On politics and health: An epidemic of neurologic disease in Cuba
Nervous System Diseases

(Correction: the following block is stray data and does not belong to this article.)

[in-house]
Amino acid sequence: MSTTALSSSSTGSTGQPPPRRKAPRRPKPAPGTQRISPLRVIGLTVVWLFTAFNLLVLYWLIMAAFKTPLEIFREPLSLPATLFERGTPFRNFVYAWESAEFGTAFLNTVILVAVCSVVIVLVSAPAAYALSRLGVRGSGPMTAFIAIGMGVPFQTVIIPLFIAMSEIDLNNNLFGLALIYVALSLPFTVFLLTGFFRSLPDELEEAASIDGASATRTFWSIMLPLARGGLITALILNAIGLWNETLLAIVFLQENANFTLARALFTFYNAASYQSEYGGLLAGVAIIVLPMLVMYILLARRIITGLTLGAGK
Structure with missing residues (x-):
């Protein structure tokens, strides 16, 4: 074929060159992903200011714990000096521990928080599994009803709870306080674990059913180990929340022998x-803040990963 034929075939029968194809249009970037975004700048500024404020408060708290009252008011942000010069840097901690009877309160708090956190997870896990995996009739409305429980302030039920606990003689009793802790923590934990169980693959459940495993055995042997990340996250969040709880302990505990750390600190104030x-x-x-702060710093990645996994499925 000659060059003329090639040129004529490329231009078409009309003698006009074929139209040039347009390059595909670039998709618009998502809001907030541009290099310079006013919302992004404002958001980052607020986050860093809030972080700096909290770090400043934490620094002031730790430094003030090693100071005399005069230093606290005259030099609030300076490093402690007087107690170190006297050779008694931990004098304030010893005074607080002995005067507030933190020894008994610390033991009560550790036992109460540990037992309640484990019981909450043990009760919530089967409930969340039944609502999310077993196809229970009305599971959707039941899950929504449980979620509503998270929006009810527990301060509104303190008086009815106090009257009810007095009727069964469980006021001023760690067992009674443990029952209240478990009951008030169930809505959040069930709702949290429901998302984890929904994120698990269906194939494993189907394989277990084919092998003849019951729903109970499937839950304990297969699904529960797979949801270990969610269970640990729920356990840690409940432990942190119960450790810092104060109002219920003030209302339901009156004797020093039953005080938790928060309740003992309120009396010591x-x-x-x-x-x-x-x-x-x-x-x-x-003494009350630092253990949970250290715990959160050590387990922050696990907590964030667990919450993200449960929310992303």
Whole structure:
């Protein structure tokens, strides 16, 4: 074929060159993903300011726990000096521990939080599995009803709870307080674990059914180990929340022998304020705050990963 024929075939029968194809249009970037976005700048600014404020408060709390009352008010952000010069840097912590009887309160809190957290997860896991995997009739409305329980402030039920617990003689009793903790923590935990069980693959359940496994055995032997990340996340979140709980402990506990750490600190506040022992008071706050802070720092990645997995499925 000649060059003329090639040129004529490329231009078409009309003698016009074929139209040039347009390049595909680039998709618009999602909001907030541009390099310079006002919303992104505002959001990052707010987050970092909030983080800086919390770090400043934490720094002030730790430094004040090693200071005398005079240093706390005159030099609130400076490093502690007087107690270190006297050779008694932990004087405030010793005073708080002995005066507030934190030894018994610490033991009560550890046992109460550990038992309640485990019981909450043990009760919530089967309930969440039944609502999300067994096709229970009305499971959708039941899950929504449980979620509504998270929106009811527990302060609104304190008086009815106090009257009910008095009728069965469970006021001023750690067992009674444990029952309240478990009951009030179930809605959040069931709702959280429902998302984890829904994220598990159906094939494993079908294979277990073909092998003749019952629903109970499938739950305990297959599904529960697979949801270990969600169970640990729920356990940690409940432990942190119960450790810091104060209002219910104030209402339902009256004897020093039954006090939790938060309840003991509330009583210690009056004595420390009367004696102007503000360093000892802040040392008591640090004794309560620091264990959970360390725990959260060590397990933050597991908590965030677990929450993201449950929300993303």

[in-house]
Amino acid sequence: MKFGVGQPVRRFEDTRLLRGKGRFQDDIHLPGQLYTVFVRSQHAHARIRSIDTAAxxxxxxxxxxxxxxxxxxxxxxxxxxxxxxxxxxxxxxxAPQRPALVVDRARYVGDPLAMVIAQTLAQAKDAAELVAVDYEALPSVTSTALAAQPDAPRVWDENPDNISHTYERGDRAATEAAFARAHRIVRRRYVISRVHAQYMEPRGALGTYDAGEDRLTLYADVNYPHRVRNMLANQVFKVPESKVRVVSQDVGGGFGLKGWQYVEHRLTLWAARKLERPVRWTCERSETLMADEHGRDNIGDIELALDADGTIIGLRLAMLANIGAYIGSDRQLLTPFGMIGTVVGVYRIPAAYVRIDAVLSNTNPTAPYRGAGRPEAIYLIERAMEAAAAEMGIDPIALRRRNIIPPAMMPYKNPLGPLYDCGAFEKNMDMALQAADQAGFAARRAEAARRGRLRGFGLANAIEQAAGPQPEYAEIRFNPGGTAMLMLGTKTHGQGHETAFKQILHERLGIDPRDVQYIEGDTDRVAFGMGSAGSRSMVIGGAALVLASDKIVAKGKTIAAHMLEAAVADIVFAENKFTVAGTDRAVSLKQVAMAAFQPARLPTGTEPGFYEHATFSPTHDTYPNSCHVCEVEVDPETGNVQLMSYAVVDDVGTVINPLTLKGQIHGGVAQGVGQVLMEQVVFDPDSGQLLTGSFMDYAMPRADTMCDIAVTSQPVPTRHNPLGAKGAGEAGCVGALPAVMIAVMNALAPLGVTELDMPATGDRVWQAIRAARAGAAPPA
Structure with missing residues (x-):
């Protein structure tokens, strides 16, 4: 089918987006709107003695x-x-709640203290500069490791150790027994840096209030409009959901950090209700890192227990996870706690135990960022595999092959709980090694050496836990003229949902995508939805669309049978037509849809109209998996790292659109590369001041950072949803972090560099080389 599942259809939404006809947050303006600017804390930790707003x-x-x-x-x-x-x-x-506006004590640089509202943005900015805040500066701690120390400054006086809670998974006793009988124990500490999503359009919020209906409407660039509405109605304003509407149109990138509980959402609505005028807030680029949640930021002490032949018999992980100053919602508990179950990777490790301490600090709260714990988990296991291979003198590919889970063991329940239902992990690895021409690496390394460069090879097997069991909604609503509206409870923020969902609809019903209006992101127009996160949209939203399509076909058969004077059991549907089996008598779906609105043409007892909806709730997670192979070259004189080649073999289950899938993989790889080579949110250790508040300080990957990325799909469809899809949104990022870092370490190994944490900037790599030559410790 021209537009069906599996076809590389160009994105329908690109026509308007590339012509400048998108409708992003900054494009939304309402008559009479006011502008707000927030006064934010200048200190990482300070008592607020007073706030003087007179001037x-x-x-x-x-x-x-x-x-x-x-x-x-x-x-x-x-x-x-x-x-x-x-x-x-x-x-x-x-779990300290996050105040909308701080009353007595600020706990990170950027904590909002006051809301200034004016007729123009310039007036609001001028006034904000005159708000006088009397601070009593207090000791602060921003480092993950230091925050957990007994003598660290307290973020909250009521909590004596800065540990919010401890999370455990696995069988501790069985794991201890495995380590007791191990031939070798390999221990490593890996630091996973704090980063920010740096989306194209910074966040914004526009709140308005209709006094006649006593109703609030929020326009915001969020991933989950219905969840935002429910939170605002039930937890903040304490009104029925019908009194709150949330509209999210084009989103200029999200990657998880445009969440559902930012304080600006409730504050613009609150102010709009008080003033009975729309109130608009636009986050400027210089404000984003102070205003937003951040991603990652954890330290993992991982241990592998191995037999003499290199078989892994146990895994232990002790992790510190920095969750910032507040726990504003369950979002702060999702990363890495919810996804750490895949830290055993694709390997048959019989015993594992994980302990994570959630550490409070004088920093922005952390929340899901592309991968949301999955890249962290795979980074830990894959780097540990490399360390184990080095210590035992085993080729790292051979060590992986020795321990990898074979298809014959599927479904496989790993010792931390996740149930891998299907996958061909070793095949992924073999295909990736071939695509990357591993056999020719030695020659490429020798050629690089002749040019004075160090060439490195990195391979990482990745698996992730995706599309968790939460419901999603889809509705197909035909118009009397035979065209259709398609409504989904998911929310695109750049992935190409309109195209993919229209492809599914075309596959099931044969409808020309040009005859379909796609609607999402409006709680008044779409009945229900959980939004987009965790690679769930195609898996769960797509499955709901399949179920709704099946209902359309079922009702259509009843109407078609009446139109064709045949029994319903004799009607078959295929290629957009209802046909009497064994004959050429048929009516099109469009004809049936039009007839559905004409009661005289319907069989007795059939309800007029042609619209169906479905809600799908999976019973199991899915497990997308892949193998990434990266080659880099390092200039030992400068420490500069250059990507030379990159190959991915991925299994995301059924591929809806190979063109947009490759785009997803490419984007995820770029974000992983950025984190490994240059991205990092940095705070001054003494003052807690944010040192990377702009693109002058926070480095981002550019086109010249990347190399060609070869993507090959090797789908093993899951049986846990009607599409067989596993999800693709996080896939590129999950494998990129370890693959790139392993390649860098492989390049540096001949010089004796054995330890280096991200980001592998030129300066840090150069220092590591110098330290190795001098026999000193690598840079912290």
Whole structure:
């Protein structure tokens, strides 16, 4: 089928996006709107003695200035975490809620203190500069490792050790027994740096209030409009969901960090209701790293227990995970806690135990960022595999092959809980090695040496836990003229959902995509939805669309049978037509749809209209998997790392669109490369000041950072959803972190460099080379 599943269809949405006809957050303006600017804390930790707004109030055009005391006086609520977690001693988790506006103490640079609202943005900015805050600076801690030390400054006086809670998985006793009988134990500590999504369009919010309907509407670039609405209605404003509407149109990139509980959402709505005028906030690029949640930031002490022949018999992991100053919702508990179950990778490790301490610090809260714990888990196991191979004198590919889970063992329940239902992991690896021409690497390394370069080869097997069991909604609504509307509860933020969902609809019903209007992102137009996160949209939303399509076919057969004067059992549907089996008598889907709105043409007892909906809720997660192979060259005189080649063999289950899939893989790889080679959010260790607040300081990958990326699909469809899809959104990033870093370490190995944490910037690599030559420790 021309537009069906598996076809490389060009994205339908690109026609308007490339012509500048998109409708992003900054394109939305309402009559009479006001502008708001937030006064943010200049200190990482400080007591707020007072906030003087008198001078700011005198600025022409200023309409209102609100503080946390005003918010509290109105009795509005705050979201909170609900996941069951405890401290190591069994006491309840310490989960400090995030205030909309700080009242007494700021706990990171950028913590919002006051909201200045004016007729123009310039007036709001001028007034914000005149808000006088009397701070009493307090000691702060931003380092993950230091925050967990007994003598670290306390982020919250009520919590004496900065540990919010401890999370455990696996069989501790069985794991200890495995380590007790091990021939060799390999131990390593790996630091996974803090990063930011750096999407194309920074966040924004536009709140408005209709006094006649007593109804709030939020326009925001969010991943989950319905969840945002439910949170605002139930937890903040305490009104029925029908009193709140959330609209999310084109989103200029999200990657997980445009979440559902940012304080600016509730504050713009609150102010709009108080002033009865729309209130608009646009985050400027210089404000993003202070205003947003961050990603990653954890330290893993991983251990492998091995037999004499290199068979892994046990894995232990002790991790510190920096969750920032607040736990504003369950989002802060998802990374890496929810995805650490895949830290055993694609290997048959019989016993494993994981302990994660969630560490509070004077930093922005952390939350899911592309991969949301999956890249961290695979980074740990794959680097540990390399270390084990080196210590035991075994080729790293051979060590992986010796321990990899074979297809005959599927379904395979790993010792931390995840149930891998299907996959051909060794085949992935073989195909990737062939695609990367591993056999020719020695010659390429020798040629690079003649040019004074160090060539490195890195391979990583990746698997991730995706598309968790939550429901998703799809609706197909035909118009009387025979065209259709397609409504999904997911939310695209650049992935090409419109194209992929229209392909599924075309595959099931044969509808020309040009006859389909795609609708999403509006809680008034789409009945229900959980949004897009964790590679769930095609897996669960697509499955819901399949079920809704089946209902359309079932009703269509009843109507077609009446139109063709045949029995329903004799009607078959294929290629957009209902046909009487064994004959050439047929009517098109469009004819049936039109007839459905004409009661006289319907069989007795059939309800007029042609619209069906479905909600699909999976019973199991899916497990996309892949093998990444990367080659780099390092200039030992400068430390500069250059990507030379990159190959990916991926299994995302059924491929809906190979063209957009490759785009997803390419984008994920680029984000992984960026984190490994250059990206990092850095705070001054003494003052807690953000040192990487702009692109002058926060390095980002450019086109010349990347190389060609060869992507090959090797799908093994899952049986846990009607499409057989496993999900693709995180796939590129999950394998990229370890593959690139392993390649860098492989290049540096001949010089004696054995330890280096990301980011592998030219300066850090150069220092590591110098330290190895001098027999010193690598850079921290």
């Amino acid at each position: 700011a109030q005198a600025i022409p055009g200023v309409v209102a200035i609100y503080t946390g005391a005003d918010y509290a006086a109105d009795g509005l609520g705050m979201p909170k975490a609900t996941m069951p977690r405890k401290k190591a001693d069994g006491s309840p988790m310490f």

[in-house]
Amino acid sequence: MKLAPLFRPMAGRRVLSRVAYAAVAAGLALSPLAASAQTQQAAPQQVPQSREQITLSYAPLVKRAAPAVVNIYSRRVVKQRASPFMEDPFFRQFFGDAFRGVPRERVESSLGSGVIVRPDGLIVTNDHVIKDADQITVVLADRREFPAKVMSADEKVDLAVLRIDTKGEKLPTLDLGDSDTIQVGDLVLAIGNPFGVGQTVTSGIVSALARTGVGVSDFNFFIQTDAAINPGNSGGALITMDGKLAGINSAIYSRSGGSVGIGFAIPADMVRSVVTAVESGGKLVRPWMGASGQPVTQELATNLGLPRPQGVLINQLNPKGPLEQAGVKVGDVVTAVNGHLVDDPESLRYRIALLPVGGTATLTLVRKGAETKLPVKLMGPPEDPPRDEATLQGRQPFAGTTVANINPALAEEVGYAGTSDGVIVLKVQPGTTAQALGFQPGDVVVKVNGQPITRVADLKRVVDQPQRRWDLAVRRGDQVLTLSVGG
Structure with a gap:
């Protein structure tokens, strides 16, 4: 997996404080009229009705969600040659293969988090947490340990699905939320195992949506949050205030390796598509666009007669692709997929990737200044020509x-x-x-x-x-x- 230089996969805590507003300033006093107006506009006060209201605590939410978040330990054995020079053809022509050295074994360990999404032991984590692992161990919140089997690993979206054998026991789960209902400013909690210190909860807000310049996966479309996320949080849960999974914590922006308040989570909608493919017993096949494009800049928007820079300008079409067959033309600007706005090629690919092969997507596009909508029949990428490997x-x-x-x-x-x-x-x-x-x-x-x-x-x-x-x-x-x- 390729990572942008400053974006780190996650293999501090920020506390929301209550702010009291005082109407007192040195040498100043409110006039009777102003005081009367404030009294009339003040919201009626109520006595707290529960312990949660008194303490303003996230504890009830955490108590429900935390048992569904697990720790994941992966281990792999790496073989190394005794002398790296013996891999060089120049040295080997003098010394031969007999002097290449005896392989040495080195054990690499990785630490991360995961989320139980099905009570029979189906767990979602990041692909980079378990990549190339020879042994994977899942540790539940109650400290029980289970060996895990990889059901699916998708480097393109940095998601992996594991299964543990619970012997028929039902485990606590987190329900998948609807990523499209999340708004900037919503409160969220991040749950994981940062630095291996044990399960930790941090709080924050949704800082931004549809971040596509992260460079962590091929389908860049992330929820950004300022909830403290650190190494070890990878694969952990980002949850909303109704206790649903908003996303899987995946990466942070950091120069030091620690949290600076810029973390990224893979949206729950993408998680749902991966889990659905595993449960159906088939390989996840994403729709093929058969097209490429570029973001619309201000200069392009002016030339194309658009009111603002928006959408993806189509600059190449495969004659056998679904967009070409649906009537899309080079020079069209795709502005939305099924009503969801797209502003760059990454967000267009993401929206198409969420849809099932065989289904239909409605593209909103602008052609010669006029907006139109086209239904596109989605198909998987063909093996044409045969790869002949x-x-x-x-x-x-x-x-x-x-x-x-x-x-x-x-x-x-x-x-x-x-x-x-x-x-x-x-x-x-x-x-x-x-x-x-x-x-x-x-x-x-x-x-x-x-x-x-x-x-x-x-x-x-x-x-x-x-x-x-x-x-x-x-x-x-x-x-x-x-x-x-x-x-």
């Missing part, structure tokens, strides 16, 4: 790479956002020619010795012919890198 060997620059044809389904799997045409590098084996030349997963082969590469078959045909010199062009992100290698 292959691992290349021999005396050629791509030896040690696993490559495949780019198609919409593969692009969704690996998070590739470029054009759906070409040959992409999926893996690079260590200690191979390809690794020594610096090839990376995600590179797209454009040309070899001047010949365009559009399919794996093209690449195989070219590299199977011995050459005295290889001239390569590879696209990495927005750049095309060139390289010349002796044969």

Political decisions may cause disease. During 1992 and 1993, an epidemic of neuropathy in Cuba--largely overlooked by U.S. physicians--affected more than 50,000 persons and caused optic neuropathy, deafness, myelopathy, and sensory neuropathy. Patients with the neurologic disease responded to B group vitamins, and oral vitamin supplementation of the population curbed the epidemic. Dietary restrictions and excessive carbohydrate intake were the immediated cause of the epidemic; however, the primary cause might have been political. Political changes in eastern Europe had major repercussions on Cuba's economy and food supply. In turn, these changes compounded the effects of internal political decisions in the island, leading toward isolationism and economic dependence on the former Soviet Union. Also, for more than 30 years, the United States has maintained an economic embargo against Cuba. In 1992, the U.S. embargo was tightened by the Torricelli amendment (or the Cuba Democracy Act), which prohibited third-country subsidiaries of U.S. companies from trading with Cuba and prevented food and medicines from reaching the island; this amendment produced a virtual economic blockade. Penuries resulting from all these political events resulted in the largest epidemic of neurologic disease in this century. Physicians may need to use their influence to modify political decisions when these decisions result in adverse health consequences. The American Academy of Neurology has issued a plea to encourage physicians and other health personnel to support efforts leading to lifting of the U.S. embargo against Cuba for humanitarian reasons.